Preoperative chemoradiation therapy induces primary-tumor complete response more frequently than chemotherapy alone in gastric cancer: analyses of the National Cancer Database 2006–2014 using propensity score matching
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The benefit of preoperative chemoradiation (CXRT) over preoperative chemotherapy alone (“chemotherapy” hereafter) is unknown. By analyzing the National Cancer Database (NCDB), we investigated whether preoperative CXRT improves the incidence of primary tumor pathologic complete response (ypT0) and overall survival (OS) compared with preoperative chemotherapy in patients with gastric cancer.
Patients with non-metastatic gastric adenocarcinoma who underwent CXRT or chemotherapy followed by gastrectomy were included. Propensity score matching with a ratio of 1:1 was implemented to reduce selection bias. A conditional logistic regression model was used to compare incidences of ypT0 between groups, and Cox proportional hazards model was used to compare OS.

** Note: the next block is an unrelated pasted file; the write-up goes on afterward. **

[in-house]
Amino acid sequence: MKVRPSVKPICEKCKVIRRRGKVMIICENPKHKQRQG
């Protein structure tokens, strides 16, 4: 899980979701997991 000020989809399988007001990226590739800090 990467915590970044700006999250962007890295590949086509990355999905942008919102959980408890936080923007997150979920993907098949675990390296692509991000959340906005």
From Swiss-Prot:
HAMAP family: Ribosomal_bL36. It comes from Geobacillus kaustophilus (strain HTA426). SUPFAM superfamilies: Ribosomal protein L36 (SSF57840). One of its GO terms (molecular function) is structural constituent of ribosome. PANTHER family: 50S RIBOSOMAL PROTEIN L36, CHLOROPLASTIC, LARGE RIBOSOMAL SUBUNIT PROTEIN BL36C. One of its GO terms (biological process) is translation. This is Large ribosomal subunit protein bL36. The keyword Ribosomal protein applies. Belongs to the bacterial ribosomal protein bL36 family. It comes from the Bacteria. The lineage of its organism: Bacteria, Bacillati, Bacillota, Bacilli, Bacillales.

We identified 8464 patients. Median patient age was 63 years; 76% were male and 79% were white. ypT0 was observed in 16.1% of patients in the CXRT group and 6.6% in the chemotherapy group (p < 0.001). After propensity score matching, a total of 2408 patients were matched. CXRT was associated with a higher incidence of ypT0 (OR 2.28, 95% CI 1.76–2.95; p < 0.0001) and higher frequency of R0 resection (92 vs. 86%; p < 0.001). However, CXRT was not associated with longer OS (HR 1.03, 95% CI 0.92–1.15; p = 0.63). Safety profiles (30-day mortality, 30-day readmission, and length of hospital stay) were equivalent between groups.
In this study of gastric cancer patients from the NCDB, CXRT was associated with a higher incidence of ypT0 and R0 resection compared with chemotherapy, although it was not associated with a longer OS.
KeywordsGastric cancer Preoperative chemoradiation therapy Complete response Surgery Survival
Supported in part by the National Institutes of Health under Award number P30CA016672 and used the Clinical Trials Support Resource.
Compliance with ethical standards
Conflict of interest
The authors have no conflicts of interest to disclose.
Human/animal rights statement
All procedures performed in studies involving human participants were in accordance with the ethical standards of the institutional and/or national research committee and with the 1964 Helsinki declaration and its later amendments or comparable ethical standards.
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